# ENA G5/5 The New UK Standard for Harmonics

So as of 17th June 2020, G5/4 is now defunct and has been officially replaced with a new standard ENA G5/5. The old G5/4 standard was rather outdated and has been due for an update for a while. The new G5/5 harmonics standard is much more comprehensive, but it is big document, very technical and does not encourage casual browsing!

As with all new standards, expect a few tears and headaches before it fully beds in and everyone understands exactly what is required. At a practical level, I think Stage 2 assessments will be a different process but will generally result in fairly similar outcomes to G5/4 assessments. But, assessment for most larger inverters and systems (i.e. 200KVA and above) will need to be done with a computer simulation program like ETAP or DIgSILENT rather than with Excel.

For Stage 3 assessments, I think life will get a lot harder, I would recommend developers start giving themselves more time for assessment and to design in provision for inclusion of harmonic filters on larger (20MW+) systems. The last point is especially important, finding you need a filter at the last minute is a disaster if you have not planned for it, but if there is sufficient space in the substation and plot, and contingency in the contract, then it can be managed & mitigated to some extent.

At Aurora we have put together the first of two posts, on how the new standard will affect developers and designers. Stage 1 assessments are still reserved for LV connections, and generally only suitable for small loads. So, in this post I am going to talk about Stage 2 assessments, and how they work.

Stage 3 assessments get very tricky and I will discuss these on a separate post.

__Key Changes in the G5.5 Harmonics Standard__

__Key Changes in the G5.5 Harmonics Standard__

There are a number of key changes associated with the new ENA G5/5 standard, and some important differences to recongise when compared with the old G5/4 standard, I have summarized these below in an easy bullet list format:

- The standard is now more aligned with IEC 61000-3-6
- There is more clear guidance on planning levels and compatibility levels, these are generally higher than the old G5/4 limits (a good thing)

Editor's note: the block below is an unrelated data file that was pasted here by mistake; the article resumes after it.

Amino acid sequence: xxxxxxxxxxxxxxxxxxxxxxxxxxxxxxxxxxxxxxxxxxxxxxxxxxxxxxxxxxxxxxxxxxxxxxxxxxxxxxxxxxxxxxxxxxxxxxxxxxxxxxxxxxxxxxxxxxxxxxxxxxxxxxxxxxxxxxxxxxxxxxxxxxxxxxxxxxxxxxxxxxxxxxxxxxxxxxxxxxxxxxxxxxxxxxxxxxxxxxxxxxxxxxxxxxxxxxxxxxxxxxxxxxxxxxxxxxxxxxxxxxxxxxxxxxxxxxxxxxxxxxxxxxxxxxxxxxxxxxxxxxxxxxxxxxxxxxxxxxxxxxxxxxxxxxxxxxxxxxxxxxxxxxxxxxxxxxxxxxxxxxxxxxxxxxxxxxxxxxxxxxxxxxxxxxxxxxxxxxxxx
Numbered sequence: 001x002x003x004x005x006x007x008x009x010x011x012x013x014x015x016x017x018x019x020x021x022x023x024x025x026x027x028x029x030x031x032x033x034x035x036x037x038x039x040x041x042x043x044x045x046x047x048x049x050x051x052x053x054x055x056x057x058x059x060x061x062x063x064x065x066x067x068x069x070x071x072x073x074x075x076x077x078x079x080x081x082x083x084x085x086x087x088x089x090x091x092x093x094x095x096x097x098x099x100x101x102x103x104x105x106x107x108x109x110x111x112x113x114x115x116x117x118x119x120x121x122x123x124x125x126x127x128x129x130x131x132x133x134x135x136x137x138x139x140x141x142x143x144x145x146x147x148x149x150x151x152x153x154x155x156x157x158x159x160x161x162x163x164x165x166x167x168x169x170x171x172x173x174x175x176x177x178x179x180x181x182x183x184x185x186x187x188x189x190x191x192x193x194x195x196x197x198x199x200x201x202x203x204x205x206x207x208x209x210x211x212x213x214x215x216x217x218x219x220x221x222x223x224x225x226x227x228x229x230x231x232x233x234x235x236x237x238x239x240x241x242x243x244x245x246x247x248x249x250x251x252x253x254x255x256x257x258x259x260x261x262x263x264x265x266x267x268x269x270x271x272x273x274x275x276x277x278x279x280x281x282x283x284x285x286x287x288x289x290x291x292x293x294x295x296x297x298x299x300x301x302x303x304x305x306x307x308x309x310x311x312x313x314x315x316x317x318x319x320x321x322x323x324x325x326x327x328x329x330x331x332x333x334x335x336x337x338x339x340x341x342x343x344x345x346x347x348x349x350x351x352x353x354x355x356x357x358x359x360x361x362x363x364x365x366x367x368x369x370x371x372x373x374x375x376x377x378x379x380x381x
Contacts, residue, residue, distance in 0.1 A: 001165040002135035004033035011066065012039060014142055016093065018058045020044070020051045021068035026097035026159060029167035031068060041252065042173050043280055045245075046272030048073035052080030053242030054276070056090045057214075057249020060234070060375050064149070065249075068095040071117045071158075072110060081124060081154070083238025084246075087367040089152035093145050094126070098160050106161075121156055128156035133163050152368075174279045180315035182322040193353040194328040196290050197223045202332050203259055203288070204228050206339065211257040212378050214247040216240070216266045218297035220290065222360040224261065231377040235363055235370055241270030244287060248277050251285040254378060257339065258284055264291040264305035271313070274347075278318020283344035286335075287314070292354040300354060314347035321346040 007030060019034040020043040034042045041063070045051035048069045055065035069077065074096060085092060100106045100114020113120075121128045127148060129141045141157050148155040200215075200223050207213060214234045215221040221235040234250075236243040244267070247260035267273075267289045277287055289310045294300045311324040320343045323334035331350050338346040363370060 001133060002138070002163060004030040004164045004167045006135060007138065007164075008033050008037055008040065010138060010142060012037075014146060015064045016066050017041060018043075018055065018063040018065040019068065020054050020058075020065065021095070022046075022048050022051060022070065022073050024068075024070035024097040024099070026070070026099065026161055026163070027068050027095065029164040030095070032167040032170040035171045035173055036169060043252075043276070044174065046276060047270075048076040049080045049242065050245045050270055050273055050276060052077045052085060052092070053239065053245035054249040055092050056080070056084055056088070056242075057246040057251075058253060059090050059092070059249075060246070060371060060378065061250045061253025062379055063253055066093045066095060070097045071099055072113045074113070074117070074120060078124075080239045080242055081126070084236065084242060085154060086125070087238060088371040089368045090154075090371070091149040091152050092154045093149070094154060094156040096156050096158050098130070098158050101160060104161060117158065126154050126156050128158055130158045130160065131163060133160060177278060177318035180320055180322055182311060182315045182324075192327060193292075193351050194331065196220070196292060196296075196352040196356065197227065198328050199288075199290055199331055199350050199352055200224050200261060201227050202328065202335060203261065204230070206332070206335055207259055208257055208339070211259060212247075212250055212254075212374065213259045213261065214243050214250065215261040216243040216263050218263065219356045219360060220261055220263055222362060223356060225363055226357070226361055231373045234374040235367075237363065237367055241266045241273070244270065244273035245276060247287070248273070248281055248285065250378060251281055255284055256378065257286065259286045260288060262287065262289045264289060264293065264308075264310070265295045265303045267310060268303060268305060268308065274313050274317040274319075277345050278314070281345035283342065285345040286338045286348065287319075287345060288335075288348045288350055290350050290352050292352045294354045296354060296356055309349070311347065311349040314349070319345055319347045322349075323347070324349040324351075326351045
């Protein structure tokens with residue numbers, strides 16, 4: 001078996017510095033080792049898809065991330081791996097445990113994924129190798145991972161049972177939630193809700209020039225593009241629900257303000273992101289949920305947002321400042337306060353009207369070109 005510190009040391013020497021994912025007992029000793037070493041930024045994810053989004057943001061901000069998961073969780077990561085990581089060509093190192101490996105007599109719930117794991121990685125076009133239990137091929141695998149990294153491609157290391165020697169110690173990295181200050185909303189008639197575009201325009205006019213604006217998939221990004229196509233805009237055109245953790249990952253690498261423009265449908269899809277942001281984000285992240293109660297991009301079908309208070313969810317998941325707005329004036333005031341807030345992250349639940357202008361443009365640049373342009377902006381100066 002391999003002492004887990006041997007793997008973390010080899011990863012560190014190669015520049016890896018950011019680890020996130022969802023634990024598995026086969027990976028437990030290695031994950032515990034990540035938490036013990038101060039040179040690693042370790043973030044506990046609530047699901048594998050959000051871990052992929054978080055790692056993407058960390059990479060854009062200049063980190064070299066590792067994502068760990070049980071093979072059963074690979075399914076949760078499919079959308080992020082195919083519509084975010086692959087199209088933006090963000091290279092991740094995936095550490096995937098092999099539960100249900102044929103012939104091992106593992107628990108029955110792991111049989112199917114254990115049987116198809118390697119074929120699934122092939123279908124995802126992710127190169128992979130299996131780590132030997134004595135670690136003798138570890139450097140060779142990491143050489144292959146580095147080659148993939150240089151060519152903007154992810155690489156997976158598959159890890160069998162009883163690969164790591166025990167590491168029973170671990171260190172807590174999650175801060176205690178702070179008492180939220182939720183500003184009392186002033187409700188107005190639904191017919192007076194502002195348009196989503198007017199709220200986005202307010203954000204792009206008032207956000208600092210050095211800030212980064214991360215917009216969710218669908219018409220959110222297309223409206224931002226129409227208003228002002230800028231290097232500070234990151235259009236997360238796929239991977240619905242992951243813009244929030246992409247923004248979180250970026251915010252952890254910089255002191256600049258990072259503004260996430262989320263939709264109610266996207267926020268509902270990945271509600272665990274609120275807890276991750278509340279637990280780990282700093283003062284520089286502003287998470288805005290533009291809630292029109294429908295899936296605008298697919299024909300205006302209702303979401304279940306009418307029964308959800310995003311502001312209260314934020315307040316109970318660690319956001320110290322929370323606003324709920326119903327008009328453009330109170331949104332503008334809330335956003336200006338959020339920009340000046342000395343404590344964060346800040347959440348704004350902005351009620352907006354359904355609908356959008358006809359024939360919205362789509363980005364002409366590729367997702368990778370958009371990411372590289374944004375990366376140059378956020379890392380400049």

- The harmonic level limits are given in terms of headroom, allocated on the basis of size of generator. This means that although the limits are higher, individual generators get less of them.
- Assessment is now potentially required up to the 100
^{th}harmonic – at the moment this is at the discretion of the DNO, so it may come in over the years rather than straight away. - Higher order harmonics are now aggregated on an exponent law, rather than through simple summation.
- Stage 2 is now split into three sub-stages, and actively considers the background harmonic levels. This means that Stage 2 assessments will be a bit more complex and need direct information from the DNO.
- Stage 3 is still for all connections at 33kV and above or for failures at Stage 2
- specifically recommends adopting the practices given in CIGRE Electra 167

**Stage 2 Assessment Overview **

G5/5 Harmonic assessment at Stage 2 is still reserved for MV connections below 33kV, but has now split into three distinct stages depending on the size of the harmonic producing inverter / drive sizes. Small units of around 50kVA will fall under Stage 2A and should be able to connect in a relatively simple manner, and are assessed with a very easy ratio calculation. Slightly large units of around 50kVA to around 250kVA will generally fall under Stage 2B, but depend very much on the DNO system fault level, and now need to allow for as simple of the background harmonic levels. Larger systems will now need a more detailed assessment that considers the DNO background harmonic levels, and will need assessment of the incremental increase in harmonic levels due to the new inverters – practically this will mean the use of simulation programs to carry out this level of assessment.

**Stage 2A **